Facilitator as moderator
Participants also perceived me as our group’s moderator, who, like the facilitator of a focus group, controls the flow of the meeting while remaining somewhat distanced from the other group members. According to participants, my facilitator role most often involved keeping our discussions from straying too far off subject. Mary remarked that I was able to “pull things in and keep the group focused…the only positive ones [group meetings] I’ve been in have had good facilitators that didn’t allow it go just, spread” (MSM362-3). Sandy also commented upon the importance of a moderator in meetings such as ours, remarking that “You have to act as an intermediator between two bodies…you have the capabilities to bring it back together” (SL324-7). Expanding on her earlier statement, Mary remarked that “You’re a very good facilitator because you didn’t allow to get too far off course…there was a chance for questions and answers and there was the time afterwards you didn’t rush us to leave the building” (MSM142-6). David agreed, stating that “You knew when it was time for closure without rushing anybody or without anybody feeling like well I’ve still got a question to ask” (DS111-2). To David, Mary, and Sandy, my role as moderator included knowledge of when and how to direct the meeting since I knew when to close the meetings and when to steer the participants back towards productive discussion.
It is noteworthy that participants expressed gratitude at not feeling rushed near the end of the meetings. My perception of the end of the meetings was somewhat different, in that I found time management to be a difficult issue. As facilitator I tried my best to be sensitive to the time obligations of the speakers and group members. My efforts were noticed by both David and Mary, who remarked favorably on my use of time. Early in her interview, Mary commented that “The meetings were on time and I liked that” (MSM9). David appreciated “the recognition that there is a time limit” (DS90) on how long participants could devote to the each meeting.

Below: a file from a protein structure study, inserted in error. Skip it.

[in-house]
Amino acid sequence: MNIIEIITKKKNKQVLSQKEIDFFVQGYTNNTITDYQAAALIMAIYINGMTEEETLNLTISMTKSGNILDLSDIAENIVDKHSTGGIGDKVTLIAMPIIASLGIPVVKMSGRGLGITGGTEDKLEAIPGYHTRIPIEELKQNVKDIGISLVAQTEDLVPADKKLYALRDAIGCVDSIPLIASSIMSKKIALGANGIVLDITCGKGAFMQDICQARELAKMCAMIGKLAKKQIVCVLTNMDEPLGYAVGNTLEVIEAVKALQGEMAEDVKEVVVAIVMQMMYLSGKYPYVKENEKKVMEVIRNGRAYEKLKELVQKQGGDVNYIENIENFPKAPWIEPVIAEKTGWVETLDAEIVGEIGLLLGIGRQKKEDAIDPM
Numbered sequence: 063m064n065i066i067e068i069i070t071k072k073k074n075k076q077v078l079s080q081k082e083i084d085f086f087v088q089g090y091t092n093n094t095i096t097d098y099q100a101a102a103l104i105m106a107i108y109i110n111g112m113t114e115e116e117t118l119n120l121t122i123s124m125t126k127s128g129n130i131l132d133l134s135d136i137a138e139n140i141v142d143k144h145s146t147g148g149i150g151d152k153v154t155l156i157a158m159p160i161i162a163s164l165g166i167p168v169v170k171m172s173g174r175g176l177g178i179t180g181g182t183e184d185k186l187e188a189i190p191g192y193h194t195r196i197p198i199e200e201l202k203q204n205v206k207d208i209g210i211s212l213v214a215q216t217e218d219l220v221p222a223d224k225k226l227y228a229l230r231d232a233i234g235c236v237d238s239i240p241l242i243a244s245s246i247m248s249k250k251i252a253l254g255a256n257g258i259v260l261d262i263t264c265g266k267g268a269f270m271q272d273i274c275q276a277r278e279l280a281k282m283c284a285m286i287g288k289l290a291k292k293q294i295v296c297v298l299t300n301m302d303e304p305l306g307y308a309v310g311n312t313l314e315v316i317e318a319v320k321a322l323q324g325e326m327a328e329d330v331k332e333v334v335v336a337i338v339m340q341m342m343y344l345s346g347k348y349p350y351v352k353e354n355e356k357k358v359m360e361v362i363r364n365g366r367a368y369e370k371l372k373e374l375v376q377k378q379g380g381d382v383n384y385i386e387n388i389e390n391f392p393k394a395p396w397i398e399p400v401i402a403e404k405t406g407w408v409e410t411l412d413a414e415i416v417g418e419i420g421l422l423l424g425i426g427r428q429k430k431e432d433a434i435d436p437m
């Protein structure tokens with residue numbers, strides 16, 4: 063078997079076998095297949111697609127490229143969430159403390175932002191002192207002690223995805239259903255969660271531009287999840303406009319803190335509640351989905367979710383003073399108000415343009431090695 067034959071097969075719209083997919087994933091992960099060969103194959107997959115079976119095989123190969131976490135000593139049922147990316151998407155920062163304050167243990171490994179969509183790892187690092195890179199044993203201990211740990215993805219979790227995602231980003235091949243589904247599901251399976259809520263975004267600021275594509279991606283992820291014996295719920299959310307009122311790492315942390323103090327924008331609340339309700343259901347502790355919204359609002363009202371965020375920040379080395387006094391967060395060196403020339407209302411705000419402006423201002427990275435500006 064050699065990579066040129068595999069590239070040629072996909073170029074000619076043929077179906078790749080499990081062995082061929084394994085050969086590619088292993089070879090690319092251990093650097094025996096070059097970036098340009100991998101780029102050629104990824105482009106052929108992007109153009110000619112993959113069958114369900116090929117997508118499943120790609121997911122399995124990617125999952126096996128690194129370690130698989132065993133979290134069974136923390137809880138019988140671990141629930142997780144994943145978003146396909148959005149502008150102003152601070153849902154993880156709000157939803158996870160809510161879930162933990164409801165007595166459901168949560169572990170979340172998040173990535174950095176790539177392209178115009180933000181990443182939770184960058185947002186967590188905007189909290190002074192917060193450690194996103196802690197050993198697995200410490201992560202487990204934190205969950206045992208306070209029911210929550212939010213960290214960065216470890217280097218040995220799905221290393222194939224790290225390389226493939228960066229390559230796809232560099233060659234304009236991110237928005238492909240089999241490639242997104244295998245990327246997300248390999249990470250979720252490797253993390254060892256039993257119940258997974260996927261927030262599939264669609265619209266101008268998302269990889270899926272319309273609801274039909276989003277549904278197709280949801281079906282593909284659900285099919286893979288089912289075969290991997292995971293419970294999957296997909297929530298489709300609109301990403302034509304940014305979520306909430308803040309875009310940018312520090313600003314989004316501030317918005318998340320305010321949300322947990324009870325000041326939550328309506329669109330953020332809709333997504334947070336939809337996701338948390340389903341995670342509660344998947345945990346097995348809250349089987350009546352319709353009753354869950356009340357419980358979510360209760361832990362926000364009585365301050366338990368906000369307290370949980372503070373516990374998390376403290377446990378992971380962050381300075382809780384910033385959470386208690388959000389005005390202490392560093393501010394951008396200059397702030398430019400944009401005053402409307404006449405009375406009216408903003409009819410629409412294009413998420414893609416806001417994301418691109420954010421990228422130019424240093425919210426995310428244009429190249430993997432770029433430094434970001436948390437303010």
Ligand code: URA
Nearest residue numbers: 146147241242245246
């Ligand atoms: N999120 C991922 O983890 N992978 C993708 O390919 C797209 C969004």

In contrast to these comments, I found it difficult to close each meeting, and sometimes felt as if the meetings lasted too long, since in over half of the meetings, a group member had to leave before we finished: “I found it difficult to close the meeting – when someone was talking, I hated to interrupt, even if it was one person dominating the conversation” (Refl. 4/30). “I didn’t want to interrupt anyone, and everyone was very engaged. In fact, we stayed until 8:45 – 30 minutes after I had mentioned we needed to start wrapping it up” (Refl. 5/28). The possibility exists that I interpreted time management differently from the participants. Perhaps closing the meetings in a timely fashion was not as important as “not feeling rushed”, since participants appreciated the freedom to leave when they needed to as well as the freedom to remain as long as they wished.
Moderator or facilitator?
Despite the positive nature of these comments, they still do not fit the characteristics of a Type III facilitator. A good focus group leader can also maintain discussion and manage time well (Murray and Butler, 1994); however, some participants suggested that my role as facilitator was more than simply a moderator.
Managing discussion was a significant duty in my role as moderator, although the manner in which I accomplished this seemed to be a mixture of moderation and facilitation. Supporting this assertion, Greg remarked that, “You weren’t an overbearing moderator. You didn’t take control of the group but you were just there to facilitate the group. For the most part …you let it run smoothly” (GW441-3). For Greg, there is a difference between control and facilitation. In a study of facilitation of collaborative learning, Brickey (2001) reported that the Type III facilitator does not control the group but rather maintains discussion. Keeping the meetings moving smoothly also stood out to Mike: “The meetings moved along…you kept it going without squelching anything. That’s a fine line that you walk…to keep the participants going without squelching any of the participants” (MM242-6). “Squelching” seems to fit the description of someone who controls the participants by keeping them silent. Additionally, Mike used of the word “enabler” to describe my facilitative actions, suggesting that to him I did not fit the role of traditional moderator. According to Greg and Mike, my actions seemed to fit Brickey’s (2001) description of a Type III facilitator as least as much as they fit the role of moderator.
Facilitator as developer of relationships and dialogue
Although it was something I had not consciously planned to do as facilitator, the building of relationships among group members was an important aspect of my facilitation of the meetings. Mary noticed that “When we got there you were always there…you were very good at introducing people…and people would have a few minutes to sit and chat” (MSM136-40). In every meeting, I tried to make everyone in attendance feel as welcome as possible by greeting them at the door and introducing them to others present in the room. Often, people with similar interests would then visit with one another during the meal, which occurred during the first part of the meetings. Mary referred to this in the following comment: “You also helped it because you knew enough about everyone …so you would find commonalities [among] the individuals so that they would have something to talk about during it [meal] so it became part of the social” (MSM160-3).